Federal Reserve Governor Elizabeth Duke said that baby boomers, the generation nearing retirement, are less likely to spend any gains in wealth than in 2007, potentially holding back the recovery in consumer spending.
“Some of the effects of recent economic turmoil may result in a longer period of economic adjustment than has been the case in past recessions, as fundamental attitudes appear to have shifted,” Duke said today in a speech in Richmond, Virginia, citing data from the Fed’s Survey of Consumer Finances released today.
The survey, which showed the median family’s wealth dropped to $96,000 in 2009 from $125,000 in 2007, highlights how the fallout from the longest U.S. recession since the Great Depression has impeded Fed efforts to return the economy to full employment and self-sustaining growth.
While Chairman Ben S. Bernanke is counting on record monetary stimulus to increase asset prices and boost the economy, Duke said that “boomer families remained cautious, or grew more cautious, about spending out of their asset gains -- regardless of whether they experienced significant losses during the crisis.”
Duke didn’t discuss forecasts for the U.S. economy or her outlook for monetary policy in her prepared remarks. She spoke to the Virginia Association of Economists.
The recession, which lasted from December 2007 to June 2009, was accompanied by a 57 percent drop in the Standard & Poor’s 500 Index and a 32 percent drop in home values, according to an S&P/Case-Shiller index of prices in 20 cities.
“In the boom years leading up to the crisis, many economists believed that increases in wealth, especially increases in home equity, helped fuel consumer spending,” Duke said. Following the recession “every wealth-change group reported being more than twice as likely to decrease spending if asset values declined than they were to increase spending if asset values rose.”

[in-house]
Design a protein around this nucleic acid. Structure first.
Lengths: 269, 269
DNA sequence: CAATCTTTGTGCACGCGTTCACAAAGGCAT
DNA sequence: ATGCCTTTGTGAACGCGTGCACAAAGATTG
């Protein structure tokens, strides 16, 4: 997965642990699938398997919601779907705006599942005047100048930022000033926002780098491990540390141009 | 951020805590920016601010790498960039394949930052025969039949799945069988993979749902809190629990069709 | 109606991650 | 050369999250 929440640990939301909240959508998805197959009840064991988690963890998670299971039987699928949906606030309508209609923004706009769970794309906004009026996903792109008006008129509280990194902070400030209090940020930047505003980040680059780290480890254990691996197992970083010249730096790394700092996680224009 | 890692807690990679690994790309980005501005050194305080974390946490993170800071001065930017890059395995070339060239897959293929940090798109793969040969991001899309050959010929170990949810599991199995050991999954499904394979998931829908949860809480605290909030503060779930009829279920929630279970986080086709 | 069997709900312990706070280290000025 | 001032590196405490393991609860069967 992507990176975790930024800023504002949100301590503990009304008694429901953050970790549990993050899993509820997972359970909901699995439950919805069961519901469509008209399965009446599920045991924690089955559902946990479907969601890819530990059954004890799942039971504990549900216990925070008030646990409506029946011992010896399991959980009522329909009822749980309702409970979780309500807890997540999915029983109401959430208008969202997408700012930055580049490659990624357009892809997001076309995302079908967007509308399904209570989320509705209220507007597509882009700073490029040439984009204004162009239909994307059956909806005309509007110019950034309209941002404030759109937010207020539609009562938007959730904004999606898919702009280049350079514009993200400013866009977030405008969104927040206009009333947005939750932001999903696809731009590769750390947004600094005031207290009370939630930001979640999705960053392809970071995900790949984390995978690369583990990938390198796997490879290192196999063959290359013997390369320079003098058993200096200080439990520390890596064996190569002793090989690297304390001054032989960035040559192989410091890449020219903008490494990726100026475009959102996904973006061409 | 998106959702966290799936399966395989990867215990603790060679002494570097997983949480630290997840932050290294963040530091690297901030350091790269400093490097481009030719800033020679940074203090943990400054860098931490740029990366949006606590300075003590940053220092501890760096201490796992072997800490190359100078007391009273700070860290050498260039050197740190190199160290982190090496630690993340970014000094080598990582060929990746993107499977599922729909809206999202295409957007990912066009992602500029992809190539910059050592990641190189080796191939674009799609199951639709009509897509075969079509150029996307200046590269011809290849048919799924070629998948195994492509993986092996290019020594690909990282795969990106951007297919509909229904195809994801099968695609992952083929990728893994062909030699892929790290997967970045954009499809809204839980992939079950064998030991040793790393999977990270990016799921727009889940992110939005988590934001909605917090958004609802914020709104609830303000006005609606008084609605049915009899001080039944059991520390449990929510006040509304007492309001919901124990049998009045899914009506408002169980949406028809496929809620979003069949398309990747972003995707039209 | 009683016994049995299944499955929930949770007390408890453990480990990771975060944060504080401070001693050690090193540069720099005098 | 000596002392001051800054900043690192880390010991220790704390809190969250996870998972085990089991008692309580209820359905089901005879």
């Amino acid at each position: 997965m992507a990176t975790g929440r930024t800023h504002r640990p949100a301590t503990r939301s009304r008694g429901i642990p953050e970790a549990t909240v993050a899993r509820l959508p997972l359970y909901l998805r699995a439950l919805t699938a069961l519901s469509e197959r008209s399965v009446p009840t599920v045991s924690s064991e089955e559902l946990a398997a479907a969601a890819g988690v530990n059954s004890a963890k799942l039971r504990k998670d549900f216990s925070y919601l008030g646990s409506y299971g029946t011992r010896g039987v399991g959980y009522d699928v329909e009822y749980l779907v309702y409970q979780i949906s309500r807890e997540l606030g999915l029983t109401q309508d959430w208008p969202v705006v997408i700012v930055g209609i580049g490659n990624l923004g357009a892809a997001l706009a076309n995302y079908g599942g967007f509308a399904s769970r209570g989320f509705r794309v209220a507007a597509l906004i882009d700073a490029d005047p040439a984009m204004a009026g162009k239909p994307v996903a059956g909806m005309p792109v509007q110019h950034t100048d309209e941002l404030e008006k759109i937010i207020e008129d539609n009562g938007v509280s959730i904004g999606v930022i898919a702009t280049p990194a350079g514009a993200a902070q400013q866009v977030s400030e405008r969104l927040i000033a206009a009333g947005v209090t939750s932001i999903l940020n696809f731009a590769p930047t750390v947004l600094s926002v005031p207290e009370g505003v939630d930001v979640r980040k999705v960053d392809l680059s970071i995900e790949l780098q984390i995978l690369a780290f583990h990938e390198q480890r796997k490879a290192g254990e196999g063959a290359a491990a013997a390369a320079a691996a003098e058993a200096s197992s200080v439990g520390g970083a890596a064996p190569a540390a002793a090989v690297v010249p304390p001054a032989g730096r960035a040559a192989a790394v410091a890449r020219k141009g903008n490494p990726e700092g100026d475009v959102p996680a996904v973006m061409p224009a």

“This evidence may help explain the sharp drop in consumer spending as household wealth declined and the continued sluggishness of consumer spending even as asset values have recovered,” Duke said.
She also discussed implications of the data for small business owners. “Only 82 percent of the consumers who reported owning a business in 2007 also reported owning a business in 2009,” she said.
Business owners who were gaining wealth and those losing wealth were equally likely to be denied credit, a result that suggests “business credit was hard to obtain even for good borrowers,” she said.
The survey underscores that “the banks that are in a position to have the ability to ramp up business lending are in a very good situation right now,” Duke said in response to audience questions. “Small business lending is a place where you can really get better customers, where you can get market share.”
The central bank conducted the survey every three years beginning in 1983. The Fed shortened the period to two years for the 2009 survey to determine how individual and family finances have weathered the downturn.
Duke, 58, who joined the Fed in August 2008, has voted with the FOMC majority on every interest-rate decision. Before being appointed to the central bank, she was a banker for more than 30 years, almost all in Virginia, and was the first woman to chair the American Bankers Association.
To contact the reporter on this story: Joshua Zumbrun in Richmond, Virginia at email@example.com
To contact the editor responsible for this story: Christopher Wellisz at firstname.lastname@example.org